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Alpha Theory Blog - News and Insights

July 05, 2017

Jason Zweig on Being Your Own Quant

Until the day you are relieved of your cognitive biases, it is important to frequently remind yourself of your mental fallibility so that you can be on guard for their effects. Jason Zweig’s “How to Be Your Own Quant” is perfect for that task. Here are a few gems from the short article:

 - Take a hint from hedge-fund manager Magnetar Capital LLC, which is seeking to “take what was in our head and our database and make rules out of it” — measuring intuitions, testing them for reliability and then basing decisions on them. Human judgment is inconsistent. People are good at knowing what matters, but not very good at always looking at it the same way.

 - Presented with identical information under different circumstances, we come to different conclusions about it. The judgments of everyone from accountants to physicians and weather forecasters will vary depending on such factors as mood, time of day and how many other demands they have on their attention.

 - Decades ago, the psychologist Lewis Goldberg showed that if you determine which factors experts consider most important in coming to a conclusion, you can program a computer to size up a ​decision based on those — and only those — factors. The computer’s predictions using the experts’ criteria turned out to be more accurate than the experts’ own predictions, because the computer always interprets the same evidence the same way.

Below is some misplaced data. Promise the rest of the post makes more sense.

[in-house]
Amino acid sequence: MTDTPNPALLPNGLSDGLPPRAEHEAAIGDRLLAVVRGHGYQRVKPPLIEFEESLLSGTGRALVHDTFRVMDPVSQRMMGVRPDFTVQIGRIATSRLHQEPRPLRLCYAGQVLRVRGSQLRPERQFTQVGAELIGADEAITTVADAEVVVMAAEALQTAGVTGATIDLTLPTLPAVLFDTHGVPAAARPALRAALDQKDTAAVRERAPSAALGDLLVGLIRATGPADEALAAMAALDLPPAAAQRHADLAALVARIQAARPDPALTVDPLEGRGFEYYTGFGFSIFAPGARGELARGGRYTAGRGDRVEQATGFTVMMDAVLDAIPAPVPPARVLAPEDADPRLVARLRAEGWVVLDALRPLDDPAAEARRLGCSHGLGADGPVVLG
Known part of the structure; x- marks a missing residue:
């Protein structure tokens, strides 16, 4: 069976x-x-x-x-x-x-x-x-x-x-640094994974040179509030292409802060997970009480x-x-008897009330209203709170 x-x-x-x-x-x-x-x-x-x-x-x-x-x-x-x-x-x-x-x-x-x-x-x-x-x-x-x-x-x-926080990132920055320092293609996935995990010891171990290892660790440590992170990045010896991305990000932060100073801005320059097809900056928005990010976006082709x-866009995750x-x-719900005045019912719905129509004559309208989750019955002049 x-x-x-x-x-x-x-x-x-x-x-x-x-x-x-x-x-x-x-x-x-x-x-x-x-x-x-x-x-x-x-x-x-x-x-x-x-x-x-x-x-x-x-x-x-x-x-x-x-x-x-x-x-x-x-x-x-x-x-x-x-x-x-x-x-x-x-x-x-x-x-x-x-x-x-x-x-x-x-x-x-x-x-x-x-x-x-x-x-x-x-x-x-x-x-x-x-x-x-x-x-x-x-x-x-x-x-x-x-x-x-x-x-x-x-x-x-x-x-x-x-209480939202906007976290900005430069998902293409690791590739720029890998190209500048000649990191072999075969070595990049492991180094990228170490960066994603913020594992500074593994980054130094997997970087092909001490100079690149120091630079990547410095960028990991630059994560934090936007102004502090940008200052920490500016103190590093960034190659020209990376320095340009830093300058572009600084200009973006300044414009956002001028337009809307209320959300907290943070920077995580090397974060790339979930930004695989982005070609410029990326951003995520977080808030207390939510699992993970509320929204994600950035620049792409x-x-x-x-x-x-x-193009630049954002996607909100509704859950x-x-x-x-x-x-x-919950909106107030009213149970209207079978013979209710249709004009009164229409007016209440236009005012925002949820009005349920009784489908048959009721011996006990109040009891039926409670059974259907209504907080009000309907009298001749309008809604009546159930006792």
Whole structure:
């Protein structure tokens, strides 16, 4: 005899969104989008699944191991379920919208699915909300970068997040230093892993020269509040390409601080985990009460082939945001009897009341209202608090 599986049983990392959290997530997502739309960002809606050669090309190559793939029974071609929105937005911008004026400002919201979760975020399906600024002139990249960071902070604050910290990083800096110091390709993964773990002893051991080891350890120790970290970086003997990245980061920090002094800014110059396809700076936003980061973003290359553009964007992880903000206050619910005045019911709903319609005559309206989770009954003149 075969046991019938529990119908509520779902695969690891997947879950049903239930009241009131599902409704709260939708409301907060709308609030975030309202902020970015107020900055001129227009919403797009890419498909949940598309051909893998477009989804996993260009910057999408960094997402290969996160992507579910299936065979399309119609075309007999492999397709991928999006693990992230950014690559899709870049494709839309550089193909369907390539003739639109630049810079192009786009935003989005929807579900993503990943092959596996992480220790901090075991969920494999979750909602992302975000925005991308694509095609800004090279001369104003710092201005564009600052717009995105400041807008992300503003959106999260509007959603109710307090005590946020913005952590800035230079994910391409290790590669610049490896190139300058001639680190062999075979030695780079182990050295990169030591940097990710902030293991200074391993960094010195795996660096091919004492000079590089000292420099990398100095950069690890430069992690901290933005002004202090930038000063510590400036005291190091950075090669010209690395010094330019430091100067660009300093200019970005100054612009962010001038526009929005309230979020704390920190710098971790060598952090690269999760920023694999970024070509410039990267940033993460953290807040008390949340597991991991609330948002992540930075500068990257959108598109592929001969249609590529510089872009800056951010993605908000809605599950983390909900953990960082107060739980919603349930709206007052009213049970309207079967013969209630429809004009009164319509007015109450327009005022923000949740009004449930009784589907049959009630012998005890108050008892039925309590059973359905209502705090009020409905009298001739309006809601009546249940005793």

June 01, 2017

The Value of Price Targets

Abstract

We analyze the difference in ROIC (Return on Invested Capital) for the portion of client portfolios with price targets and the portion of client portfolios without price targets. In examining exposures, we find a long bias in the portion of the portfolio with research versus the portion of the portfolio without research making the Total measurements less meaningful. To neutralize this distortion, we look at differences on a long and short basis. We find that the portfolios with price targets outperform by 16% on an annualized ROIC basis (average of long and short improvement).

We also look at optimal position sizing suggested by the Alpha Theory algorithm and find that optimizing position sizes that have price targets adds an additional 5% for long positions.

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Table 1

Data